Robinson reasoned that applying this rule would result in only a warning for his pitcher, which would be superfluous once the glue was removed. There are a couple of problems with this reasoning: 1) The rule in its entirety deals not with the pitcher having something on his person that is illegal like Krazy Glue but rather with something actually having been done to the ball or attempted to be done to the ball: rubbing the ball, expectorating on the ball, defacing the ball, or applying a foreign substance to the ball. The claim was that the foreign substance was on Day's hand it could not have been applied to the ball since it was dry and it could not very easily have been used to deface the ball. 2) It was clear that Day did not deliver a trick pitch that would alter the ball's delivery or trajectory but rather that the reverse occurred, he had trouble even gripping the ball. 3) Besides the ump is the "sole judge" and he adjudicated already.

If any rule applies, I believe it's 8.02 (b). The umps felt embarrassed to even employ that rule:

"We didn't have a choice,'' Miller said. "They forced our hand. As soon as we heard that it was Super Glue and not just a blister, then we had to throw him out.''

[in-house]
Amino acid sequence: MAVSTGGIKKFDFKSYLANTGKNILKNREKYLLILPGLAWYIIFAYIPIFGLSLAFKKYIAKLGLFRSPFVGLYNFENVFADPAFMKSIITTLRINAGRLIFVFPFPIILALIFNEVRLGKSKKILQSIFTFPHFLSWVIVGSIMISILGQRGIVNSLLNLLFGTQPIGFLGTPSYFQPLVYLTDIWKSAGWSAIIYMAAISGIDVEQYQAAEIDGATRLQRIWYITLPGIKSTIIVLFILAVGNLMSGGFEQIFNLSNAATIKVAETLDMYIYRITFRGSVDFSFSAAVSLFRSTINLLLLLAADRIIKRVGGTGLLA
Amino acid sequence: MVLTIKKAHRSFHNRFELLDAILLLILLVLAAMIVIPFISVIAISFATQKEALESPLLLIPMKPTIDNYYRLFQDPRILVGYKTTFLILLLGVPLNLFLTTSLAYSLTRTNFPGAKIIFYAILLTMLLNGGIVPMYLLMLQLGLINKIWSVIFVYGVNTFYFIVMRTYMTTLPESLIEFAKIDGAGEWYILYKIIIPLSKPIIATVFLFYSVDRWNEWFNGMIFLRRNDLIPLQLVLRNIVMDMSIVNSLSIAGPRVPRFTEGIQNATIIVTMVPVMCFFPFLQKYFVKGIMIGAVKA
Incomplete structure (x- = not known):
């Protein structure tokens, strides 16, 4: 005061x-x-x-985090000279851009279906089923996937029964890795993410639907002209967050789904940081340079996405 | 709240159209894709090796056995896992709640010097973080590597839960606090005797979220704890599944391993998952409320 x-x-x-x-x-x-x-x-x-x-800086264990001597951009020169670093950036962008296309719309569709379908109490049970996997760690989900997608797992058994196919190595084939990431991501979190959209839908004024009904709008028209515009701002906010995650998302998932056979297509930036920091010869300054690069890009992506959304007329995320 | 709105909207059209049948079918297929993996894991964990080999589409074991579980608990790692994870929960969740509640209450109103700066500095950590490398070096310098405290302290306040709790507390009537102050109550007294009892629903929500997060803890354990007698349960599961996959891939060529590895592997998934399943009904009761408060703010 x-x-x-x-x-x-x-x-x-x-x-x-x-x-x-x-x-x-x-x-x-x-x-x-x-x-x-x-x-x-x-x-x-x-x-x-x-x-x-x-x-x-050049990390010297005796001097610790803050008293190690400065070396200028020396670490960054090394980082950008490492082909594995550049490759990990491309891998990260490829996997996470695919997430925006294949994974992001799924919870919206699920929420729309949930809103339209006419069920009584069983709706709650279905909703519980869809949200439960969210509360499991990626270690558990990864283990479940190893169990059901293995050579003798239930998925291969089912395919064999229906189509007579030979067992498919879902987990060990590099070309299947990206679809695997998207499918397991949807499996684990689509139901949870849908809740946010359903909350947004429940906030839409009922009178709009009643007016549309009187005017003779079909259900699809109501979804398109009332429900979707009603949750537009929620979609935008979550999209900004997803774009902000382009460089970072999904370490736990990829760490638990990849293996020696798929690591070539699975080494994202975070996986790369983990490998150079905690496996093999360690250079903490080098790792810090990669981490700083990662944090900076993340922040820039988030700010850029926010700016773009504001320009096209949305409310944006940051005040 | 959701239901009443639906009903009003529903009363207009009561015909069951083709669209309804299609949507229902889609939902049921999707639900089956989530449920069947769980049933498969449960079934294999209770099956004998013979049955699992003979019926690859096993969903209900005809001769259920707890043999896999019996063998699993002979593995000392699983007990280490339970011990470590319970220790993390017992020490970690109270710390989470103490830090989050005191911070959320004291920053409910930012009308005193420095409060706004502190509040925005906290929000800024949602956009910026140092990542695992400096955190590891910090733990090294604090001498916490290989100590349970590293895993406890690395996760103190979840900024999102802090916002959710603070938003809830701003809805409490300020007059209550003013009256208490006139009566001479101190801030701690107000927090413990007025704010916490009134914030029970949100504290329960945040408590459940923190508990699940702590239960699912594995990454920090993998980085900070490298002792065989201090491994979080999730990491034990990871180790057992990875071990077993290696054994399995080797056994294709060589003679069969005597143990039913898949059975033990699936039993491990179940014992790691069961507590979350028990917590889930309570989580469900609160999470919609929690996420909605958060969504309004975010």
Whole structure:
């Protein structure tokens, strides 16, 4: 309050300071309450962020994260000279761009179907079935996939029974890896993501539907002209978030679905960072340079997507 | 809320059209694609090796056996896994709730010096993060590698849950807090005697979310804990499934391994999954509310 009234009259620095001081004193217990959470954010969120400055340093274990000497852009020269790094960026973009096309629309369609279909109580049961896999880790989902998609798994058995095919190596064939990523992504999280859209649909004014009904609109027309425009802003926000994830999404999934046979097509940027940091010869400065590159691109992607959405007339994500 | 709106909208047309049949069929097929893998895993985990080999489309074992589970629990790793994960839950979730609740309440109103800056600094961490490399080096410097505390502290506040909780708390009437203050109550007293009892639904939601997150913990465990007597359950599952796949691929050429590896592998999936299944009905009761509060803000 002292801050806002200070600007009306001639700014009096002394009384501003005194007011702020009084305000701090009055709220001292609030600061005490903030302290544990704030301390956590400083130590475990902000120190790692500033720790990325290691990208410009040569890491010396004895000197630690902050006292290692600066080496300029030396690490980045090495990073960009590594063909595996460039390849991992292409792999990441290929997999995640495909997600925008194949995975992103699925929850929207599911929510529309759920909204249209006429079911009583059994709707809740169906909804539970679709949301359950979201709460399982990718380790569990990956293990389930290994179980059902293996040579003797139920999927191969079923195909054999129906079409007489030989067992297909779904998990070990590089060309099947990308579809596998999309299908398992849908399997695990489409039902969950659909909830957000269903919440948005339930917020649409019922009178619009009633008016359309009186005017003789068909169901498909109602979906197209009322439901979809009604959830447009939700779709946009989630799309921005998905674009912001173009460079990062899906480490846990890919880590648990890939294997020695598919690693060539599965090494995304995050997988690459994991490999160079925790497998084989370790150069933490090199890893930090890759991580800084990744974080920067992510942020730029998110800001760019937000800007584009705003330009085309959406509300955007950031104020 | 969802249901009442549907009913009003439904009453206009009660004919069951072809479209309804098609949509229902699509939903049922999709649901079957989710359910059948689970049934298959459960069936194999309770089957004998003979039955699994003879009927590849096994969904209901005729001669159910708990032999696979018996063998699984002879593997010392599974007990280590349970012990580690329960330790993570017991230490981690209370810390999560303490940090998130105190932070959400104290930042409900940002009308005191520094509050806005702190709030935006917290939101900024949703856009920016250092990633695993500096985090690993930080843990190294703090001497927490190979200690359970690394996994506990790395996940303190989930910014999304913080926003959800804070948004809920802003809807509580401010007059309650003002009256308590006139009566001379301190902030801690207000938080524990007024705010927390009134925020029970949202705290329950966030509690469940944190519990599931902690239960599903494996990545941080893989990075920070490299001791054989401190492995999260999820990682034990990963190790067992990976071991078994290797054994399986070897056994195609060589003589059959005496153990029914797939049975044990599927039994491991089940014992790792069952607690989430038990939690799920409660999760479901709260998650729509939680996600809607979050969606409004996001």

But did rule 8.02 (b) truly apply?

I guess in the strictest reading of the rule, there was a foreign substance on Day's hand. However, what if Day had instead applied a bandage to the blister? It is unlikely he would do so given the attendant loss of control on the ball in the effected area, so maybe that's a bad example.

How about if Day applied what's called a liquid bandage?:

If a bandage of any sort is considered legal legal, so should a liquid bandage. For Day's intents and purposes what he applied to his finger was a low-cost version of a liquid bandage.

Can a bandage, liquid or no, be applied to a pitcher's hand? I could find no reference to its legality or illegality. However, given that pitchers may go to their mouth in cold weather to warm their fingers (see rule below), isn't wearing a bandage the same sort of extenuating circunmstance?